He donated a trove of the collected material to the U.S. Army's Center of Military History in Washington in 2009.
He has also given public lectures about York and heads up what he calls the “ Sgt. York Discovery Expedition," which has a website that highlights his research and the trail.
But the other team zeroed in on a different area during surveys in 2006 and 2009. They recovered metal pieces engraved with York's unit name and material they believe was dropped when a large group of Germans surrendered, and found the temporary grave locations of Americans buried near York's heroic stand.
“For the scientific community and most of the serious historians, I provided enough evidence to pretty much prove it was in the right place,” said Tom Nolan, who researched the site for a doctorate in geographic information science from Texas State University.
Mastriano dismissed doubters in a September 2018 speech at the National WWI Museum and Memorial in Kansas City, Missouri.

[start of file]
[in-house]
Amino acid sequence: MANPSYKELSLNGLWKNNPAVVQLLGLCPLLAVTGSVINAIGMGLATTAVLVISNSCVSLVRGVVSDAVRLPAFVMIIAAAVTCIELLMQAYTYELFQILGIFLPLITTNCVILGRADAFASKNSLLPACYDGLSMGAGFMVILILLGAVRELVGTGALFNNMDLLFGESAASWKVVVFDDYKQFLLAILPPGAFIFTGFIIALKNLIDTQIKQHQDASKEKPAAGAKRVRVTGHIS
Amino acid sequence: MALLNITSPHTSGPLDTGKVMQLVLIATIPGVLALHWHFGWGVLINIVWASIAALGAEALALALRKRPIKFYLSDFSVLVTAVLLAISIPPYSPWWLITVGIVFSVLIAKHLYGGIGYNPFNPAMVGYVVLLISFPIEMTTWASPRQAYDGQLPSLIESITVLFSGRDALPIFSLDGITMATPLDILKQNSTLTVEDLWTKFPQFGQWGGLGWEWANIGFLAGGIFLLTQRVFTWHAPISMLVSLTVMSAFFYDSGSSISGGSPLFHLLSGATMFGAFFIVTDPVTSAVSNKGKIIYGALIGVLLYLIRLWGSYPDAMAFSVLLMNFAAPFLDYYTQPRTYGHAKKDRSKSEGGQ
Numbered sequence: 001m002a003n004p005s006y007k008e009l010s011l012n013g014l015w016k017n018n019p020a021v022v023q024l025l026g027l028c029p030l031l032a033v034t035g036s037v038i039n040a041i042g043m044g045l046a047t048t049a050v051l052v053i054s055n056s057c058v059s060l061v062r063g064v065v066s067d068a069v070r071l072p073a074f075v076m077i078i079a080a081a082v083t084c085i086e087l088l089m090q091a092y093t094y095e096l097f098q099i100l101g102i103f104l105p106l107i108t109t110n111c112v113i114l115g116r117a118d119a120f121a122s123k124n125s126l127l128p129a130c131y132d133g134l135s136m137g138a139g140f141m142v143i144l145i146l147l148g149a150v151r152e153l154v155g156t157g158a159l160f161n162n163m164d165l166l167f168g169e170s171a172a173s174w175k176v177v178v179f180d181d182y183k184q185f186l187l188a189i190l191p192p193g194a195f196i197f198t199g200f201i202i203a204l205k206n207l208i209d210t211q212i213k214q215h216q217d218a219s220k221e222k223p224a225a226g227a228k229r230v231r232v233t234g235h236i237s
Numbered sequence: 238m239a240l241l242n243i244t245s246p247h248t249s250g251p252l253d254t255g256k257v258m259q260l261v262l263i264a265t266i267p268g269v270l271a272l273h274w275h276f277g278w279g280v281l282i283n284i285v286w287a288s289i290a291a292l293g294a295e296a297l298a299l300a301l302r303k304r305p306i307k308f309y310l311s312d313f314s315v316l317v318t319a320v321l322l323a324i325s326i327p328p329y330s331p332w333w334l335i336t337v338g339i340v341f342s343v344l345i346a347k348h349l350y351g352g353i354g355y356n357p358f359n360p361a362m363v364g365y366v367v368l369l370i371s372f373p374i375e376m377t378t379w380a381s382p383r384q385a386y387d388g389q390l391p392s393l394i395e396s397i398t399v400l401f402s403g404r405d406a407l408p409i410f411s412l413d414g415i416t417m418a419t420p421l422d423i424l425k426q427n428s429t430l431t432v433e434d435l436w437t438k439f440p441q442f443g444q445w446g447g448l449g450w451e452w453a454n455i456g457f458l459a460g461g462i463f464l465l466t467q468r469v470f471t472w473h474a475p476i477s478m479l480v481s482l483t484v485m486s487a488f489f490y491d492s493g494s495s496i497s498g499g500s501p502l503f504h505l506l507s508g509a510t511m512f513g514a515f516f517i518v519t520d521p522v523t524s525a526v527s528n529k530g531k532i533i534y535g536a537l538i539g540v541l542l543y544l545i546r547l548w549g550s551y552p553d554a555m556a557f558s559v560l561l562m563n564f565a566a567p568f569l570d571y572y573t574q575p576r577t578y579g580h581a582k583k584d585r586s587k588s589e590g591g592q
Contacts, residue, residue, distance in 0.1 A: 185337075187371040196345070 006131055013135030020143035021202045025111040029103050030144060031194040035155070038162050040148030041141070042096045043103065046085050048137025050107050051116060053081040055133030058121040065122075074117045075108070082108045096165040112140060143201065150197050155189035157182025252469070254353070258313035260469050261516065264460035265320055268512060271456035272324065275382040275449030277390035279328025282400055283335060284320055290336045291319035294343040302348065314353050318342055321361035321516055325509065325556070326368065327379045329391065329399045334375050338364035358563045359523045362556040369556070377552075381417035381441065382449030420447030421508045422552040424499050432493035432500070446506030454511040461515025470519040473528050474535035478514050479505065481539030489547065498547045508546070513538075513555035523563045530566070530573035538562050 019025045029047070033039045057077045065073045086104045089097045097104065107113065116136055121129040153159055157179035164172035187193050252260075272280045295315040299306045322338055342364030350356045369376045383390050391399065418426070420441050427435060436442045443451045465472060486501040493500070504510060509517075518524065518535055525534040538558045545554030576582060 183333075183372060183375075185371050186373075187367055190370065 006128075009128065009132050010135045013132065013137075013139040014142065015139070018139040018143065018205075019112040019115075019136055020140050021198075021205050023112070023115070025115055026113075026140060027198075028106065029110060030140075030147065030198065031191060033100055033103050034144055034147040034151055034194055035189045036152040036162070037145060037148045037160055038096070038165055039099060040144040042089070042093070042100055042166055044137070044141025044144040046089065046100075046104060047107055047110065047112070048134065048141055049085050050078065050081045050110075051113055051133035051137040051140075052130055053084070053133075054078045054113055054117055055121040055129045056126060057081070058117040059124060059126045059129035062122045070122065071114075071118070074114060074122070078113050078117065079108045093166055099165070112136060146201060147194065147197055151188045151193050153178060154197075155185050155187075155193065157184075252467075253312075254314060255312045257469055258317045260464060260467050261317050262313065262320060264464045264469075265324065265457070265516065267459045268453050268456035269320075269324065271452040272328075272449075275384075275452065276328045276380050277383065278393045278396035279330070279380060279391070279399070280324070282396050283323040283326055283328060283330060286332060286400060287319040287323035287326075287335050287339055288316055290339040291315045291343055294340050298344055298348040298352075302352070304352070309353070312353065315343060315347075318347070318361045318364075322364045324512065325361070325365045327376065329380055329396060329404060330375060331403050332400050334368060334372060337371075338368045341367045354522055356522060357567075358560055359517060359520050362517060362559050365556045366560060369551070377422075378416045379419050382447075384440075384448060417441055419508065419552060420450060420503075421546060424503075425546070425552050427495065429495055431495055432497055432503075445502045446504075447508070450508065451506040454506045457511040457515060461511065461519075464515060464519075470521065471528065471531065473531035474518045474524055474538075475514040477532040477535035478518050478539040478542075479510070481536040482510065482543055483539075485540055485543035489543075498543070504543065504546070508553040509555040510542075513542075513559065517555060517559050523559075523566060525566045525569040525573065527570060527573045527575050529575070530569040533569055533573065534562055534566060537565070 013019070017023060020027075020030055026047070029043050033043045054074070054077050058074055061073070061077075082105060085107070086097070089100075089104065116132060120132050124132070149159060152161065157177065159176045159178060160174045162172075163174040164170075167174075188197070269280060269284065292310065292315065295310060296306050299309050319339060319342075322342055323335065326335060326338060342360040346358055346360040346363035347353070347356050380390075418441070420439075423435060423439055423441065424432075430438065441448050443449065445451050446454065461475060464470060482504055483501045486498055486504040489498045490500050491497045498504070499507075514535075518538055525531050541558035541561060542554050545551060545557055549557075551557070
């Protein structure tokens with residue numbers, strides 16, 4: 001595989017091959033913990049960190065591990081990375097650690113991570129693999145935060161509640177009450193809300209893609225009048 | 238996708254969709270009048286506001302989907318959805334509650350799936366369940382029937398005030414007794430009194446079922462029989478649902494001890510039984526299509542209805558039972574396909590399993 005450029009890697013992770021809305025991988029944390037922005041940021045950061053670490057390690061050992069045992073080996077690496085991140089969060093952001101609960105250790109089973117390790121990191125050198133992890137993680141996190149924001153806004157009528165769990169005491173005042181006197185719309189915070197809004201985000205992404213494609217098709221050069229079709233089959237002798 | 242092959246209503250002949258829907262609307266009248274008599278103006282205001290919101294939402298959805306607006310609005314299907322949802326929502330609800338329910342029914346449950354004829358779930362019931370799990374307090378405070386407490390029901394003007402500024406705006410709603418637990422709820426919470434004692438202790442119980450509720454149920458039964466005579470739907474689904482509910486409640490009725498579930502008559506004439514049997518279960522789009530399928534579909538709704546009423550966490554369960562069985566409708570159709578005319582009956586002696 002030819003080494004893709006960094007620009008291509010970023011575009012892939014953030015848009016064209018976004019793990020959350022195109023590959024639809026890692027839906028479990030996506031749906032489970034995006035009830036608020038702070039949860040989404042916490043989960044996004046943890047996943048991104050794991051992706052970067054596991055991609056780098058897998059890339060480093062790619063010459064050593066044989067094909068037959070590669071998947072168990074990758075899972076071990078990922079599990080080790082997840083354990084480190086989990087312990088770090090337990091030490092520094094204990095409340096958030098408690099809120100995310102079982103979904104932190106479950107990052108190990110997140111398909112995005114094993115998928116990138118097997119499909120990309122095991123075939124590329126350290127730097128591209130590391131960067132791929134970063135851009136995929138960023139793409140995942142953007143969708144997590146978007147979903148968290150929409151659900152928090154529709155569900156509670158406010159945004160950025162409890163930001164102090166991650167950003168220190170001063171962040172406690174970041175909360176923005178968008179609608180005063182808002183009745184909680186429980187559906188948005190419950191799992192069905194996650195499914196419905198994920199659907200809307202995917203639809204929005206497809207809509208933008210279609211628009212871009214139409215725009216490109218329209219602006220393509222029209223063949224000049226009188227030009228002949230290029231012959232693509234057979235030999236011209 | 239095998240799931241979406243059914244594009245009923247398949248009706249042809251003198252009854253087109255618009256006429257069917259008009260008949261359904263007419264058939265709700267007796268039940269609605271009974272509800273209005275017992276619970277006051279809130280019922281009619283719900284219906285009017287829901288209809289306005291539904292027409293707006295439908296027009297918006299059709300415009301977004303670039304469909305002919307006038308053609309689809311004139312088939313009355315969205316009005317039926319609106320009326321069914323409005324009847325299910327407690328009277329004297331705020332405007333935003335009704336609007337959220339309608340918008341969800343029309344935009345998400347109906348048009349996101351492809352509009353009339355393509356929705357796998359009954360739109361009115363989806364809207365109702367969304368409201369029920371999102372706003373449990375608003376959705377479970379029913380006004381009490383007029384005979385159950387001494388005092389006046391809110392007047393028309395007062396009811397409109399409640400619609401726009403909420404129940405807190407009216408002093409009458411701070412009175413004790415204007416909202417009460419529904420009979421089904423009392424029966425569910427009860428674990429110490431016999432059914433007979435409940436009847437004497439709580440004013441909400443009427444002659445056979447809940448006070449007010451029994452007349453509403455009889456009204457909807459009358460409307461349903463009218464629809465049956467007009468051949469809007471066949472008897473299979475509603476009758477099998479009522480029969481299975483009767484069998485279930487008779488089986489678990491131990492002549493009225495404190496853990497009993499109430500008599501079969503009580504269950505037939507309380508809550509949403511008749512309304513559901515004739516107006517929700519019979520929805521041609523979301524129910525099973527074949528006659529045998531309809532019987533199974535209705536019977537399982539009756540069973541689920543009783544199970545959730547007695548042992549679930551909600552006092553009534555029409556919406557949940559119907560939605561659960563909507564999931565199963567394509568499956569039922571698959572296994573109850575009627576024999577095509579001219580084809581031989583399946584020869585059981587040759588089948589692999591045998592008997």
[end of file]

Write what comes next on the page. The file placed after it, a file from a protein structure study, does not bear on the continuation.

“They went back after our findings and hit the German archives to try to fill in their gaps," but they were unsuccessful in debunking him, Mastriano asserted.
Among his detractors is independent researcher and expert metal detector operator Brad Posey, who first met Mastriano when both men lived in Germany.
Posey had spent about three days helping Mastriano survey the French site, but the artifacts he found and the practices he observed convinced him that Nolan's site was far more likely to be correct.
“When I went into this, I honestly thought that he's really found the spot,” Posey said. “After one day with him up there I knew, this is not the right spot.”
He subsequently signed on with Nolan's team and did his own research in the German military archives, finding no conclusive evidence to back up Mastriano’s narrative.
In the Cooper biopic that became the highest-grossing movie of 1941, York seemed to have his own geographic doubts. As his squad and prisoners reached a fork in the path, York asked a German officer, “Which way would you be a-goin’?”
When the officer suggested one route, York marched them off the other way.